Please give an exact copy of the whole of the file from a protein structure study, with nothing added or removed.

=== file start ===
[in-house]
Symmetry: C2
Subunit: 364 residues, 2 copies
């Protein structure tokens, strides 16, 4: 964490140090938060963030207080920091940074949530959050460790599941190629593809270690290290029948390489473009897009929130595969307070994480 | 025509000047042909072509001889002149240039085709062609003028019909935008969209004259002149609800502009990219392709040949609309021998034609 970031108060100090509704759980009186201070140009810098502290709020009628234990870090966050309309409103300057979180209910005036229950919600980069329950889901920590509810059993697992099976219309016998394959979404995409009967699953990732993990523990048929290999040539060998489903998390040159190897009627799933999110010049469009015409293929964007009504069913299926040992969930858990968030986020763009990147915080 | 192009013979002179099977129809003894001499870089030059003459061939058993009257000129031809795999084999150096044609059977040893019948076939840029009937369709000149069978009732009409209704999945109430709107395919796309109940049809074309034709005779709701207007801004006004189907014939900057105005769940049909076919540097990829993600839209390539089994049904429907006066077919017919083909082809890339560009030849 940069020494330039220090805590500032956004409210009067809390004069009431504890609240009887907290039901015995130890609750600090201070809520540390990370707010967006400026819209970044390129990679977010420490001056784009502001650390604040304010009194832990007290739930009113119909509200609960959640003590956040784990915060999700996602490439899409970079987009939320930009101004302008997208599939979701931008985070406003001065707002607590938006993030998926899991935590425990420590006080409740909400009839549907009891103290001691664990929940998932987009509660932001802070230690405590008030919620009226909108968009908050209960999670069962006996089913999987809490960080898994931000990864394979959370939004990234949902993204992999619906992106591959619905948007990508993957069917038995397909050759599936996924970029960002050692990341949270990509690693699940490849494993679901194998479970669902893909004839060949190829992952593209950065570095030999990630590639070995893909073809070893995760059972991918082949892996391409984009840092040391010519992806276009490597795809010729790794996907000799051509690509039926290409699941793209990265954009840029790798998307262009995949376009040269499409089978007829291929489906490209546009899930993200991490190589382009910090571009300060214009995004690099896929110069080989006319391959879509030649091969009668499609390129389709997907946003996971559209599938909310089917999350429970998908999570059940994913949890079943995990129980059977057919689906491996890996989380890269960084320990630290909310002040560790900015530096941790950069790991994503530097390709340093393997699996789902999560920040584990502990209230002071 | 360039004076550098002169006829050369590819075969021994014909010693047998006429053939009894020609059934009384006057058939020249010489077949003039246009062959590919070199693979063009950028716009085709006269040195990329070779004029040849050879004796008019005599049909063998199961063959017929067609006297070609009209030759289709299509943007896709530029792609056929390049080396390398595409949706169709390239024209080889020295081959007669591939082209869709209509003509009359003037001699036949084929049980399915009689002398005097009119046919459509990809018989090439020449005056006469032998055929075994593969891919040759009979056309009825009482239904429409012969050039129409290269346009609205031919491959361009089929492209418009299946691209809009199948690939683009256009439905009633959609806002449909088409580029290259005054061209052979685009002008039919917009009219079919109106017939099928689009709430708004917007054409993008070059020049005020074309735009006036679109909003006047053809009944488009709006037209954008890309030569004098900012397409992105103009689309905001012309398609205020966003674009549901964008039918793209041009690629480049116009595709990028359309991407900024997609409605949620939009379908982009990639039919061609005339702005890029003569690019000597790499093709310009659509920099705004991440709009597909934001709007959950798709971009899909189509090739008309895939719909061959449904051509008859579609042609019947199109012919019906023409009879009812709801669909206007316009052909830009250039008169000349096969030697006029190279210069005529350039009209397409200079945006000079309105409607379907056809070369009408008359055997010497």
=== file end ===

[in-house]
Symmetry: C2
Subunit: 364 residues, 2 copies
């Protein structure tokens, strides 16, 4: 964490140090938060963030207080920091940074949530959050460790599941190629593809270690290290029948390489473009897009929130595969307070994480 | 025509000047042909072509001889002149240039085709062609003028019909935008969209004259002149609800502009990219392709040949609309021998034609 970031108060100090509704759980009186201070140009810098502290709020009628234990870090966050309309409103300057979180209910005036229950919600980069329950889901920590509810059993697992099976219309016998394959979404995409009967699953990732993990523990048929290999040539060998489903998390040159190897009627799933999110010049469009015409293929964007009504069913299926040992969930858990968030986020763009990147915080 | 192009013979002179099977129809003894001499870089030059003459061939058993009257000129031809795999084999150096044609059977040893019948076939840029009937369709000149069978009732009409209704999945109430709107395919796309109940049809074309034709005779709701207007801004006004189907014939900057105005769940049909076919540097990829993600839209390539089994049904429907006066077919017919083909082809890339560009030849 940069020494330039220090805590500032956004409210009067809390004069009431504890609240009887907290039901015995130890609750600090201070809520540390990370707010967006400026819209970044390129990679977010420490001056784009502001650390604040304010009194832990007290739930009113119909509200609960959640003590956040784990915060999700996602490439899409970079987009939320930009101004302008997208599939979701931008985070406003001065707002607590938006993030998926899991935590425990420590006080409740909400009839549907009891103290001691664990929940998932987009509660932001802070230690405590008030919620009226909108968009908050209960999670069962006996089913999987809490960080898994931000990864394979959370939004990234949902993204992999619906992106591959619905948007990508993957069917038995397909050759599936996924970029960002050692990341949270990509690693699940490849494993679901194998479970669902893909004839060949190829992952593209950065570095030999990630590639070995893909073809070893995760059972991918082949892996391409984009840092040391010519992806276009490597795809010729790794996907000799051509690509039926290409699941793209990265954009840029790798998307262009995949376009040269499409089978007829291929489906490209546009899930993200991490190589382009910090571009300060214009995004690099896929110069080989006319391959879509030649091969009668499609390129389709997907946003996971559209599938909310089917999350429970998908999570059940994913949890079943995990129980059977057919689906491996890996989380890269960084320990630290909310002040560790900015530096941790950069790991994503530097390709340093393997699996789902999560920040584990502990209230002071 | 360039004076550098002169006829050369590819075969021994014909010693047998006429053939009894020609059934009384006057058939020249010489077949003039246009062959590919070199693979063009950028716009085709006269040195990329070779004029040849050879004796008019005599049909063998199961063959017929067609006297070609009209030759289709299509943007896709530029792609056929390049080396390398595409949706169709390239024209080889020295081959007669591939082209869709209509003509009359003037001699036949084929049980399915009689002398005097009119046919459509990809018989090439020449005056006469032998055929075994593969891919040759009979056309009825009482239904429409012969050039129409290269346009609205031919491959361009089929492209418009299946691209809009199948690939683009256009439905009633959609806002449909088409580029290259005054061209052979685009002008039919917009009219079919109106017939099928689009709430708004917007054409993008070059020049005020074309735009006036679109909003006047053809009944488009709006037209954008890309030569004098900012397409992105103009689309905001012309398609205020966003674009549901964008039918793209041009690629480049116009595709990028359309991407900024997609409605949620939009379908982009990639039919061609005339702005890029003569690019000597790499093709310009659509920099705004991440709009597909934001709007959950798709971009899909189509090739008309895939719909061959449904051509008859579609042609019947199109012919019906023409009879009812709801669909206007316009052909830009250039008169000349096969030697006029190279210069005529350039009209397409200079945006000079309105409607379907056809070369009408008359055997010497």